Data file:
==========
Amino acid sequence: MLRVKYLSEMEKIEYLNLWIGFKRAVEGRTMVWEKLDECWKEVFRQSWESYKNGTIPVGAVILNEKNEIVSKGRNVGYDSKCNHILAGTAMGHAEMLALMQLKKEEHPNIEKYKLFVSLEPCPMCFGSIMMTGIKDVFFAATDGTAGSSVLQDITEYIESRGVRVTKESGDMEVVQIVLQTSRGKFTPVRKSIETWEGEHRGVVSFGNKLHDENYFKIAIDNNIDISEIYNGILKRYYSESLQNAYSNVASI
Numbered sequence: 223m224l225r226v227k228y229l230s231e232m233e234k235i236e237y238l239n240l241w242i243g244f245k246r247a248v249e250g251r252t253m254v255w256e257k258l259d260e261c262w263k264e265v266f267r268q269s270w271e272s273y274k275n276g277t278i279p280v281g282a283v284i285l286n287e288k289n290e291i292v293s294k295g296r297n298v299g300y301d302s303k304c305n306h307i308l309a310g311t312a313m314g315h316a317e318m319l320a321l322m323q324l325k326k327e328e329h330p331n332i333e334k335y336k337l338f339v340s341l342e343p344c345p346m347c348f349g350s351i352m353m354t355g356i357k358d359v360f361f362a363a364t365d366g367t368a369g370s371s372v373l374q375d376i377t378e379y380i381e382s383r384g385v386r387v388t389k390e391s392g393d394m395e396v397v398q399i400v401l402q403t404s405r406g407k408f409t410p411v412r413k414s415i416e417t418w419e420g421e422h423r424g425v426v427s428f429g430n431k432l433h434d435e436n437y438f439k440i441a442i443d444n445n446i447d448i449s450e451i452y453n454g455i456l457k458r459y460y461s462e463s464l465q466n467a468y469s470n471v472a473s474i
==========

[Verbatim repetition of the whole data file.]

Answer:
Amino acid sequence: MLRVKYLSEMEKIEYLNLWIGFKRAVEGRTMVWEKLDECWKEVFRQSWESYKNGTIPVGAVILNEKNEIVSKGRNVGYDSKCNHILAGTAMGHAEMLALMQLKKEEHPNIEKYKLFVSLEPCPMCFGSIMMTGIKDVFFAATDGTAGSSVLQDITEYIESRGVRVTKESGDMEVVQIVLQTSRGKFTPVRKSIETWEGEHRGVVSFGNKLHDENYFKIAIDNNIDISEIYNGILKRYYSESLQNAYSNVASI
Numbered sequence: 223m224l225r226v227k228y229l230s231e232m233e234k235i236e237y238l239n240l241w242i243g244f245k246r247a248v249e250g251r252t253m254v255w256e257k258l259d260e261c262w263k264e265v266f267r268q269s270w271e272s273y274k275n276g277t278i279p280v281g282a283v284i285l286n287e288k289n290e291i292v293s294k295g296r297n298v299g300y301d302s303k304c305n306h307i308l309a310g311t312a313m314g315h316a317e318m319l320a321l322m323q324l325k326k327e328e329h330p331n332i333e334k335y336k337l338f339v340s341l342e343p344c345p346m347c348f349g350s351i352m353m354t355g356i357k358d359v360f361f362a363a364t365d366g367t368a369g370s371s372v373l374q375d376i377t378e379y380i381e382s383r384g385v386r387v388t389k390e391s392g393d394m395e396v397v398q399i400v401l402q403t404s405r406g407k408f409t410p411v412r413k414s415i416e417t418w419e420g421e422h423r424g425v426v427s428f429g430n431k432l433h434d435e436n437y438f439k440i441a442i443d444n445n446i447d448i449s450e451i452y453n454g455i456l457k458r459y460y461s462e463s464l465q466n467a468y469s470n471v472a473s474i